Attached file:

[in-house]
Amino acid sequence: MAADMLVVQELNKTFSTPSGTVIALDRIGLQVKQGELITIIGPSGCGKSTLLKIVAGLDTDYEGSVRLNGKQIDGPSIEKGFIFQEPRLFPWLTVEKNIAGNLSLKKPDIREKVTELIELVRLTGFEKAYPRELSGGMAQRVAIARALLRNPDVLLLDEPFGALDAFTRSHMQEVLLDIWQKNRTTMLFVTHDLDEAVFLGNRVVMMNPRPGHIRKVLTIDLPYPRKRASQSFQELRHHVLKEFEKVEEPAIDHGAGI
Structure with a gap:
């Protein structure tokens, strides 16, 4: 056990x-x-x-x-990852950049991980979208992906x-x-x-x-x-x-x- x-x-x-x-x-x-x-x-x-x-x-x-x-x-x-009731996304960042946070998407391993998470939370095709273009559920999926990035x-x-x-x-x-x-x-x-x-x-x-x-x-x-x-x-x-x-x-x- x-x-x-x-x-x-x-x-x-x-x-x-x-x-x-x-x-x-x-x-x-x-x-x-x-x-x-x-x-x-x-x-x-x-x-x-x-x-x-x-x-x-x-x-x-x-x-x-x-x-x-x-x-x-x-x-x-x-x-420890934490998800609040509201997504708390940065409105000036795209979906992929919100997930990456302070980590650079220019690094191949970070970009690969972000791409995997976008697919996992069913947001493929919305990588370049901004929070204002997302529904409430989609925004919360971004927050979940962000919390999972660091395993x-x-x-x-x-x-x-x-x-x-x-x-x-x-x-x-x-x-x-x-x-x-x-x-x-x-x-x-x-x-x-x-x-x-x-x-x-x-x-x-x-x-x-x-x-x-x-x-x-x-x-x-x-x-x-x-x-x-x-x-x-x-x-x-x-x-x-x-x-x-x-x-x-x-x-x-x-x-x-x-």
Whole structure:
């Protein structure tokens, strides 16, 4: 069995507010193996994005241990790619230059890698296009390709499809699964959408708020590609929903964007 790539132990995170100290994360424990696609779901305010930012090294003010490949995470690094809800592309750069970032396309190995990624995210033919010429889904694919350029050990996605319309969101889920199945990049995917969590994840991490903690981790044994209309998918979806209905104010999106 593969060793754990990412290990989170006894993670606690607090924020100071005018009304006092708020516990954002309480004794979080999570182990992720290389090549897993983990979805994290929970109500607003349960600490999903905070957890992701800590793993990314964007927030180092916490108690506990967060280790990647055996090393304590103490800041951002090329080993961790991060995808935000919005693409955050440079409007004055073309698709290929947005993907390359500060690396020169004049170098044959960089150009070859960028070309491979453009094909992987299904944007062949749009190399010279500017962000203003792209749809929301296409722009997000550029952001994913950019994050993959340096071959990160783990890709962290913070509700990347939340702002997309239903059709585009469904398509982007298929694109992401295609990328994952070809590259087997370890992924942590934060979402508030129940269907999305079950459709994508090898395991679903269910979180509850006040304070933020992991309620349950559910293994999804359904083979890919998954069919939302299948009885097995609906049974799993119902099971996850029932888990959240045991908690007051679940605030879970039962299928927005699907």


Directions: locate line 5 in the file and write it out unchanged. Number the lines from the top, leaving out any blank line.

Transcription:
Whole structure: